Deciding Between Public Cloud and Managed Services

Deciding Between Public Cloud and Managed Services
By Philip T. Kiser, CEO, TeleSpace

For many businesses, the value that cloud technology can bring to their organization is clear and compelling. When the decision to move to cloud may become less clear is deciding whether to use a public cloud service or a managed on-premise service. Both offer a viable solution to bringing additional capacity and services into your organization; so how do you know which solution is best for your business?

A managed cloud can provide you reliable enterprise-class service. You can expect a high level of availability, reliability and performance. Many businesses also like the fact that a managed service is implemented in their own data center.

Public cloud services, in contrast, range in capabilities. Some providers offer commodity-class public cloud services. These services have the advantage of low pricing but offer only best-effort performance typically with no associated SLAs. At the other end of the spectrum, some public cloud providers provide carrier-class services. These services exceed the capabilities you can implement in your own data center.

At first, it may seem counter-intuitive that a public cloud provider could offer a more reliable service than what can be implemented in your on-premise data center. However, at TeleSpace, that’s exactly what we offer. We begin with Cisco Powered services and build our collaboration services on validated Cisco architectures. As a certified provider, we continually meet strict certification qualifications while each of our services pass a rigorous third-party audit to verify that we deliver as promised.

From this foundation, TeleSpace’s carrier-class architecture assures the highest reliability and availability of services. We also address such factors as power source and network redundancy to protect operations from potential power outages or catastrophic events. As a provider, TeleSpace is able to achieve a level of availability that its customers simply cannot afford to implement in their own data center.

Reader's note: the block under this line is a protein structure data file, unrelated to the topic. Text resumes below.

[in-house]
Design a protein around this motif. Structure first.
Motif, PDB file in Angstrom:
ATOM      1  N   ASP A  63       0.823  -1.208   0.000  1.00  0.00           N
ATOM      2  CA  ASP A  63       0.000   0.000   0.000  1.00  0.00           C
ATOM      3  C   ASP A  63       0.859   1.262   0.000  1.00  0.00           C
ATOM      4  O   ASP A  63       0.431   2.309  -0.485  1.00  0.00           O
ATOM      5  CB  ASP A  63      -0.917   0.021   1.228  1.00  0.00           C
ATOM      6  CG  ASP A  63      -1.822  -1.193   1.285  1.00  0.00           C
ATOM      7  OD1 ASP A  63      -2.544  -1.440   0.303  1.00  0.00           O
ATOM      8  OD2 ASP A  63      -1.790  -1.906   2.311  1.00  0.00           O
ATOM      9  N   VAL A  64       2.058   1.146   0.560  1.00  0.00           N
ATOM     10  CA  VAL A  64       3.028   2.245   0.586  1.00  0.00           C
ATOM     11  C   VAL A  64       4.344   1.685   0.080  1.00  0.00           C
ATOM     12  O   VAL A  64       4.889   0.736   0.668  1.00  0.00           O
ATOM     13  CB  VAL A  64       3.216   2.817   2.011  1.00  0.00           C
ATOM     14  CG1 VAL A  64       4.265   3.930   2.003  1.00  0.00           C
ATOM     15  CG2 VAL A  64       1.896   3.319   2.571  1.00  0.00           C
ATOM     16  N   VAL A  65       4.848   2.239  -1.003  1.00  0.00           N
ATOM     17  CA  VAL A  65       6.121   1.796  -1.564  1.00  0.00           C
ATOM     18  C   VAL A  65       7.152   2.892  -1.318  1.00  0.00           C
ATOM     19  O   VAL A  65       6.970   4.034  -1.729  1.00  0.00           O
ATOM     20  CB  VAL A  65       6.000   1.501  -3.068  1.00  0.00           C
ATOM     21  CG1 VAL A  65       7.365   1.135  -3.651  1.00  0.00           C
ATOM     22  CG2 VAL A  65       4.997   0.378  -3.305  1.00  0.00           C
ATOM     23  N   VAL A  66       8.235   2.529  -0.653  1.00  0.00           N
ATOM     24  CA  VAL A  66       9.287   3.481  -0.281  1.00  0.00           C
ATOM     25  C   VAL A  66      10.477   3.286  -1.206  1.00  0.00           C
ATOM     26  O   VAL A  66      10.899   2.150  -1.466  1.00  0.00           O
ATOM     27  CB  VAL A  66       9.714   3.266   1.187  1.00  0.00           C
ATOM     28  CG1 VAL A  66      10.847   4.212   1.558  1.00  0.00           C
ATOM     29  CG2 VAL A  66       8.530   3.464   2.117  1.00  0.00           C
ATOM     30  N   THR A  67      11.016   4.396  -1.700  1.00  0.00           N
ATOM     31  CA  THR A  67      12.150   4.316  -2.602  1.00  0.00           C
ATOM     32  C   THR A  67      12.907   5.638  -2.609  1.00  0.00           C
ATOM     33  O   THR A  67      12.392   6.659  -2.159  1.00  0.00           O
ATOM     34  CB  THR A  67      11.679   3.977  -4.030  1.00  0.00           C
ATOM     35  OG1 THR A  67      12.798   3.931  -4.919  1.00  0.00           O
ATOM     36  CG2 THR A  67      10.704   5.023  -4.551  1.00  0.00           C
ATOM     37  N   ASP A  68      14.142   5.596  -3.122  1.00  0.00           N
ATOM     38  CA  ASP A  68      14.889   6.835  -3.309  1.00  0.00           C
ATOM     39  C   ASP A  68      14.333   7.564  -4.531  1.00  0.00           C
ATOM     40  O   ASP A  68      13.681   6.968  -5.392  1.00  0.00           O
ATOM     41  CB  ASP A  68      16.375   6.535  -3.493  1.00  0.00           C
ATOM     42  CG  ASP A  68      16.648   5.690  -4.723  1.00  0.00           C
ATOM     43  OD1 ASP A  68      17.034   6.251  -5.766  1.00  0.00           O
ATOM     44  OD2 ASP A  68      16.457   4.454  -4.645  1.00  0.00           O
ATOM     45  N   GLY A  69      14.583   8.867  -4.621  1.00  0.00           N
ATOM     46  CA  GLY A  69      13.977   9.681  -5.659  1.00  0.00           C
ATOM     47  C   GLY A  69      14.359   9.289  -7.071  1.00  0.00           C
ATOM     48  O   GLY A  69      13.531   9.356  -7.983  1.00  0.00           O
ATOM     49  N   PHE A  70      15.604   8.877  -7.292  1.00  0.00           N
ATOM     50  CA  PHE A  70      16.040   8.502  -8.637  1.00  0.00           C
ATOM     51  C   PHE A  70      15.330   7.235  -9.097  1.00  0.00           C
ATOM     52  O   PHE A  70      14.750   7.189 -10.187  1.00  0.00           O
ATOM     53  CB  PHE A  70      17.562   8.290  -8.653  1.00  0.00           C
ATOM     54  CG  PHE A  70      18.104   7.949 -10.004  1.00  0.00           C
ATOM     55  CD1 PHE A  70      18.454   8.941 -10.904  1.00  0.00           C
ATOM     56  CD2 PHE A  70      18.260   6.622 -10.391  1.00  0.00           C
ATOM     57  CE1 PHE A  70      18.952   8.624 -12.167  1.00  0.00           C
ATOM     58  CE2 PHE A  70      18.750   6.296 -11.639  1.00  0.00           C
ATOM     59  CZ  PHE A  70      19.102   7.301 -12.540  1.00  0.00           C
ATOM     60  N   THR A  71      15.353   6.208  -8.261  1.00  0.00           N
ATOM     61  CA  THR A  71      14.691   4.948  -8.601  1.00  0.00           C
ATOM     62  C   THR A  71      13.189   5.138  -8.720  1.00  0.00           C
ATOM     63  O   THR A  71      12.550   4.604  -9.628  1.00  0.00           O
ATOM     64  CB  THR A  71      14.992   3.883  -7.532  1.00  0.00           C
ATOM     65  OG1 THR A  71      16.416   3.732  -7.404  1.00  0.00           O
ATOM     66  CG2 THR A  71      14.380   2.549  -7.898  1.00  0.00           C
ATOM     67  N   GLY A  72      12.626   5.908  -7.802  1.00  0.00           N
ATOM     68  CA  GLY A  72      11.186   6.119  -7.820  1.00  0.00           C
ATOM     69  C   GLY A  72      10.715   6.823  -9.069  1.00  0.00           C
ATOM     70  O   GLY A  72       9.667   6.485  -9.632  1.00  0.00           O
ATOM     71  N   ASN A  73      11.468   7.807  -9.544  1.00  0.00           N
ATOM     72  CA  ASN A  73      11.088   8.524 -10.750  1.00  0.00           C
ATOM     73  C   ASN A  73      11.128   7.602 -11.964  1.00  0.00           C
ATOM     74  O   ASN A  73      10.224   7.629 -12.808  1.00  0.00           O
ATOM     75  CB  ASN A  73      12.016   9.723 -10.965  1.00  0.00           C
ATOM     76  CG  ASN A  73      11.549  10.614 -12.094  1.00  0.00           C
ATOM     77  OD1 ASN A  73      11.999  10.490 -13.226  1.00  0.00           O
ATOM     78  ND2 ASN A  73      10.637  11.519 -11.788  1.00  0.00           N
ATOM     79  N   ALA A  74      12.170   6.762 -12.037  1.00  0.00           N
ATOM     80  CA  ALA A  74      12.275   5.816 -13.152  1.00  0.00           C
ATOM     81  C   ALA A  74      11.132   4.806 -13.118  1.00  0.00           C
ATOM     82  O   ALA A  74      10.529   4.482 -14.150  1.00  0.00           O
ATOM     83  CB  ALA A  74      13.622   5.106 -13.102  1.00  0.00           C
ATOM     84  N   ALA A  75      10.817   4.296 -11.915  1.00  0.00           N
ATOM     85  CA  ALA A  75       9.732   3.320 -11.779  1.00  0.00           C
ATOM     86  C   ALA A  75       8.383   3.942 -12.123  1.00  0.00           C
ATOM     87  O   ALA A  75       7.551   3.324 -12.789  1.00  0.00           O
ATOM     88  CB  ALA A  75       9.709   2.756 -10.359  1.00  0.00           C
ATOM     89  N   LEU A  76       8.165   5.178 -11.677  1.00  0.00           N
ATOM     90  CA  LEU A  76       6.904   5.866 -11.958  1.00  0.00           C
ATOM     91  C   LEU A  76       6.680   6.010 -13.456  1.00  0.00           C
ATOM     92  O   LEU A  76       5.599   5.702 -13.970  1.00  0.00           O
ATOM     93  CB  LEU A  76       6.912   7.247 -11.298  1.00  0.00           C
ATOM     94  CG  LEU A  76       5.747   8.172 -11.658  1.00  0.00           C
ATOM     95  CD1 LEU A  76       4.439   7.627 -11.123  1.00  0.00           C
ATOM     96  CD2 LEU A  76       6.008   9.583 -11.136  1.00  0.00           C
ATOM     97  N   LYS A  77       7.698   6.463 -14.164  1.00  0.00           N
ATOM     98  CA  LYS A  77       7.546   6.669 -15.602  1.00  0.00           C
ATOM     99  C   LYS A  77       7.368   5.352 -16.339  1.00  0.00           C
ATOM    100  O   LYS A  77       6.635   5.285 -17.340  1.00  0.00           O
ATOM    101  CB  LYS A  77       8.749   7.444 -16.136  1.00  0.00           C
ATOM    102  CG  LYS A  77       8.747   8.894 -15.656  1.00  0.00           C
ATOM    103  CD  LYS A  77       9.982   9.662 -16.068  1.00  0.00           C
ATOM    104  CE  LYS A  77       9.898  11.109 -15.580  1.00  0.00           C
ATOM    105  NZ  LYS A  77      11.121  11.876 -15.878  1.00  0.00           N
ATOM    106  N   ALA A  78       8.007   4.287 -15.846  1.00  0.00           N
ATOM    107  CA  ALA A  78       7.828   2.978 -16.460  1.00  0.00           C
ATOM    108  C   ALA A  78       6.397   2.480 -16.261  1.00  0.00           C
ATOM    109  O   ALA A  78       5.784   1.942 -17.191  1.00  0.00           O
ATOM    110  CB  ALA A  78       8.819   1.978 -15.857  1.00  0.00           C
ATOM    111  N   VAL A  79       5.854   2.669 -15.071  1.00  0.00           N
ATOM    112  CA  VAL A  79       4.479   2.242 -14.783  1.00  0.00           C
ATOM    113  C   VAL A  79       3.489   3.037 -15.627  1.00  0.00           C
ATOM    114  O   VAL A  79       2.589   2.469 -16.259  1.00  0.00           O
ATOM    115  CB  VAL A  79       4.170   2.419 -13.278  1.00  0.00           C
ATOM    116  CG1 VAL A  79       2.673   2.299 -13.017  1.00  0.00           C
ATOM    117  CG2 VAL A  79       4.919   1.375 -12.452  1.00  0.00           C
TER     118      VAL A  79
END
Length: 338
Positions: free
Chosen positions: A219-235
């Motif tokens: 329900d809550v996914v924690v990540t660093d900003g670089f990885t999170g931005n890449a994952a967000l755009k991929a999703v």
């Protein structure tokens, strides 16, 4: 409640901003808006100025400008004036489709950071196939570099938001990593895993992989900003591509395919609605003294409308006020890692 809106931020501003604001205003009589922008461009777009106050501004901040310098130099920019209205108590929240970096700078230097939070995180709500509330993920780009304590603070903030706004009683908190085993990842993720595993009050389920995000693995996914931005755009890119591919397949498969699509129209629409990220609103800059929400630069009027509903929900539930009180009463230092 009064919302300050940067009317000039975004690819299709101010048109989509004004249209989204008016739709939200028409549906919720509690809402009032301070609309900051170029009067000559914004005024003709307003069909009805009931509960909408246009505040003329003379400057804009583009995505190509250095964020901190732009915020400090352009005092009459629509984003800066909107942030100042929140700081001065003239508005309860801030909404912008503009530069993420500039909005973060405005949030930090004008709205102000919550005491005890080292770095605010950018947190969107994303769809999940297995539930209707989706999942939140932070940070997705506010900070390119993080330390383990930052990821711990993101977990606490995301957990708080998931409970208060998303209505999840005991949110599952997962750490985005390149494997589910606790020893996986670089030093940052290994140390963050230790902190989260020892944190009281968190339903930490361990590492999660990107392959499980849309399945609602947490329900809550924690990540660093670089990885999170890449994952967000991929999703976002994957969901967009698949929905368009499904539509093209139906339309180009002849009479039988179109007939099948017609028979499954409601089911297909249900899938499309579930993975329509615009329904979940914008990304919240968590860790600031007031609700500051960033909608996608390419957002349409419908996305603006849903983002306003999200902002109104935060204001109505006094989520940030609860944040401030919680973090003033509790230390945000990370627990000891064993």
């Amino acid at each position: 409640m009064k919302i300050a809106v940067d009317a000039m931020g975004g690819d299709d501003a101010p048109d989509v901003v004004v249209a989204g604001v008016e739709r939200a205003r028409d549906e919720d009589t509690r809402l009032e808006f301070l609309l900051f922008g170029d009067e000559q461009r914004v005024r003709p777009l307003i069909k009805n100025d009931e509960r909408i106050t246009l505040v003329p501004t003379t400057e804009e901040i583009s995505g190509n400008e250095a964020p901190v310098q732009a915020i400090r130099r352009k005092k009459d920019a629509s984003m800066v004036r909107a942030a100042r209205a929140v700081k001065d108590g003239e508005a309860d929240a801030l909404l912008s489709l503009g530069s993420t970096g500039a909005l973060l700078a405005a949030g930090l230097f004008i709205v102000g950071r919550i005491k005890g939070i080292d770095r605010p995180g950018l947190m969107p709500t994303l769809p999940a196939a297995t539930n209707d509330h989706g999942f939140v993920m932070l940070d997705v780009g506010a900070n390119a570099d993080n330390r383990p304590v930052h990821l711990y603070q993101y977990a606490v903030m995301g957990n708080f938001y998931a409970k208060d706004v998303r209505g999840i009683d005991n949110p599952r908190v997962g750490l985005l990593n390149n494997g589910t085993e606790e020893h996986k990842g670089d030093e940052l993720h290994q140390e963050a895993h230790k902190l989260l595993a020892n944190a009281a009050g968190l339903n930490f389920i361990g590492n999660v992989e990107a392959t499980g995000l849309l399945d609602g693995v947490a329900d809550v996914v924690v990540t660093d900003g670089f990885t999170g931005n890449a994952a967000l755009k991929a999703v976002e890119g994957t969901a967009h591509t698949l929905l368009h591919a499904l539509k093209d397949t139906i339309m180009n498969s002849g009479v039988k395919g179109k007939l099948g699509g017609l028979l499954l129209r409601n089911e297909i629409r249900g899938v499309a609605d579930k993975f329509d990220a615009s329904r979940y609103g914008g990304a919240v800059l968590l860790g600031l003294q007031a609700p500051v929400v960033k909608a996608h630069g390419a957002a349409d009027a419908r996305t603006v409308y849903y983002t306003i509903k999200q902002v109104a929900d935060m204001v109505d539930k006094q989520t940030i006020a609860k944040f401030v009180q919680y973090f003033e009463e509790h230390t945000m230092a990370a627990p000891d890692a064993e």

In “Carrier-Class Cloud,” Xander Uyleman from Cisco describes how organizations can evaluate the value of carrier-class availability to their organization. The price tag on cloud services has to take downtime into account. For a contact center, downtime can result in lost revenues. Thus, enterprise-class or even carrier-class services will provide a lower overall cost when the potential losses associated with commodity-class services are taken into account. By contrast, if the phones go down in a manufacturing facility, the result will be inconvenient but not shut operations down. In this instance, a managed service might provide a superior ROI.

To give you the most flexibility, TeleSpace offers both managed and public cloud services so you can select the right service with the right level of availability for your needs. TeleSpace also offers value in the level of customization and integration it provides whether a service is managed or public. For example, TeleSpace offers custom Google integration, CRM, as well as a complete collaboration cloud service with voice, video and contact center capabilities.
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